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Hale v. Emerson Electric Co.

United States Court of Appeals, Eighth Circuit

November 1, 2019

Jeff Hale, on behalf of himself and all others similarly situated; Raymond Gray, on behalf of himself and all others similarly situated; Andrew Bowers; Emilio Gonzales; Kenneth Thompson, on behalf of themselves and all other similarly situated; Eric Shults; Justin Swires, individually and on behalf of all others similarly situated; Estaban Maravilla, individually and on behalf of all others; Lauren Checki; Kevin Brees; Chad Venhaus; Chris Willis; Fred Wilmer Plaintiffs - Appellees
v.
Emerson Electric Company Defendant-Appellant Sears Holdings Corporation; Sears, Roebuck and Company; The Home Depot, Inc. Defendants

          Submitted: April 17, 2019

          Appeal from United States District Court for the Eastern District of Missouri - St. Louis

          Before SMITH, Chief Judge, KELLY and KOBES, Circuit Judges.

          PER CURIAM.

         Emerson Electric Company appeals from an order certifying a nationwide class of plaintiffs in a case involving allegedly deceptive advertising practices. The district court ruled that all class members' claims would be governed by Missouri law and therefore determined class resolution was appropriate. We reverse and remand for further consideration.

         I.

         This suit arises out of allegedly deceptive advertising associated with RIDGID brand vacuums. Emerson, a Missouri corporation, manufactures, markets, and sells RIDGID vacuums. It makes all marketing decisions regarding the vacuums in Missouri. Emerson markets the vacuums by emphasizing their "peak horsepower"-the maximum potential output of the vacuums' motors. Emerson acknowledges that the vacuums can only achieve "peak horsepower" in a laboratory. A consumer using a standard wall outlet would achieve less horsepower than advertised.

         Plaintiffs allege advertising based on peak horsepower is misleading and bring claims for violations of the Missouri Merchandising Practices Act (MMPA), Mo. Rev. Stat.§ 407.010, et seq., breach of express warranty, breach of implied warranty, unjust enrichment, violations of other states' consumer protection laws, and redhibition (on behalf of a Louisiana sub-class).

         The Judicial Panel on Multidistrict Litigation assigned this case to the district court as a consolidated action and the district court oversaw discovery. At the close of discovery, Plaintiffs sought to certify a nationwide class. The district court applied Missouri choice of law rules and determined that all claims should be governed by Missouri law. It then certified the class under Federal Rule of Civil Procedure 23(a) and 23(b)(3). We have jurisdiction over Emerson's interlocutory appeal. 28 U.S.C. § 1292; Fed.R.Civ.P. 23(f).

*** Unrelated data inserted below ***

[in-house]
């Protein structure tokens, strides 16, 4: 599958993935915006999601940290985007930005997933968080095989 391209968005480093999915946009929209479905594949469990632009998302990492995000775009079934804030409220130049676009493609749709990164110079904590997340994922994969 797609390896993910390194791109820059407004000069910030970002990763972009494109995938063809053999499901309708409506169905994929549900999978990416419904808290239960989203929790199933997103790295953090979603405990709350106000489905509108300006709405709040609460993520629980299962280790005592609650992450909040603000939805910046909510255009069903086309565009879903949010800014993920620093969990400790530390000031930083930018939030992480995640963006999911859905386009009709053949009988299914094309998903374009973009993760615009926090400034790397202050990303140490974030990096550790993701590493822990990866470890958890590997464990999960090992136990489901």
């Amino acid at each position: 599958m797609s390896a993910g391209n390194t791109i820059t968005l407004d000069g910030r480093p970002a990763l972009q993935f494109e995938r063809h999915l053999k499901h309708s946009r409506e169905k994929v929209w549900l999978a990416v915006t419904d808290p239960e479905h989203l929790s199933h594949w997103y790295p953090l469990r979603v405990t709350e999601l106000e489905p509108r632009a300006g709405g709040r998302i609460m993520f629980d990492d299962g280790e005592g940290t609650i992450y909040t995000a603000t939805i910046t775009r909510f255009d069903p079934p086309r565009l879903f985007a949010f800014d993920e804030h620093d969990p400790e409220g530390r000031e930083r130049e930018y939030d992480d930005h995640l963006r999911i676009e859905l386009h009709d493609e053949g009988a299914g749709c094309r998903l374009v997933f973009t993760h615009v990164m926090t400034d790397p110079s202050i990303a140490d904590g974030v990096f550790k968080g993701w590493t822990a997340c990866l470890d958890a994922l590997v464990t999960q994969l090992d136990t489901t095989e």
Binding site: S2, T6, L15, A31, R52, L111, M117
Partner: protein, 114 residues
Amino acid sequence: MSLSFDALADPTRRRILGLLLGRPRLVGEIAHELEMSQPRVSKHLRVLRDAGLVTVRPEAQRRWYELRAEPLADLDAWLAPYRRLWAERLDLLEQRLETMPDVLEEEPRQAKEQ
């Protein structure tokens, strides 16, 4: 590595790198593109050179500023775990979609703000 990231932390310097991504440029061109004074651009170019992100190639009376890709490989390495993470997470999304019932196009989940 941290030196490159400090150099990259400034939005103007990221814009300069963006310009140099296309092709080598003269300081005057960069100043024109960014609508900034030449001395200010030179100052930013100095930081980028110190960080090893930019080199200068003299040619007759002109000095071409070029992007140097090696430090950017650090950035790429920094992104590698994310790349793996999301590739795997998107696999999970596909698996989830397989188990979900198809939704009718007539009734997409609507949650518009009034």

II.

         We review a district court's grant of class certification for abuse of discretion but review rulings on issues of law de novo. In re St. Jude Medical, Inc., 425 F.3d 1116, 1119 (8th Cir. 2005). To certify a class, a district court must find that the plaintiffs satisfy all the requirements of Rule 23(a) and one of the subsections of Rule 23(b). Id. (citing Amchem Prods., Inc. v. Windsor, 521 U.S. 591, 614 (1997)). The district court certified the class based on Rule 23(b)(3), which requires finding that "questions of law or fact common to class members predominate over any questions affecting only individual members, and that a class action is superior to other available methods for fairly and efficiently adjudicating the controversy." Fed.R.Civ.P. 23(b)(3). "[V]ariations in state law may swamp any common issues" and defeat class certification under Rule 23(b)(3). See Castano v. Am. Tobacco Co., 84 F.3d 734, 741 (5th Cir. 1996).

         Emerson argues that the district court erred twice. First, the claims of non-Missouri residents do not relate to "trade or commerce . . . in or from the state of Missouri" and the MMPA cannot be applied to them. Second, the district court should have conducted separate choice of law analyses for the breach of warranty and unjust enrichment claims. We agree.[1]

          The MMPA provides a private right of action for "any deception, fraud, false pretense, false promise, misrepresentation, [or] unfair practice . . . in connection with the sale or advertisement of any merchandise in trade or commerce . . . in or from the state of Missouri." Mo. Stat. §§ 407.020.1; 407.025.1. Where a party seeks to certify a nationwide class under the MMPA, we can resolve the case based on that statute's scope. See Perras v. H & R Block, 789 F.3d 914, 917 (8th Cir. 2015).

         We have explained that although the MMPA covers every kind of unfair practice, a plaintiff's claim nevertheless must involve commerce "in or from the state of Missouri." See Perras, 789 F.3d at 917-18; Ports Petroleum Co. of Ohio v. Nixon, 37 S.W.3d 237, 240 (Mo. banc 2001); State ex rel. Nixon v. Estes, 108 S.W.3d 795, 801 (Mo.Ct.App. 2003). In Perras we held that a putative class action against H & R Block for an allegedly fraudulent "compliance fee"-designed and ...


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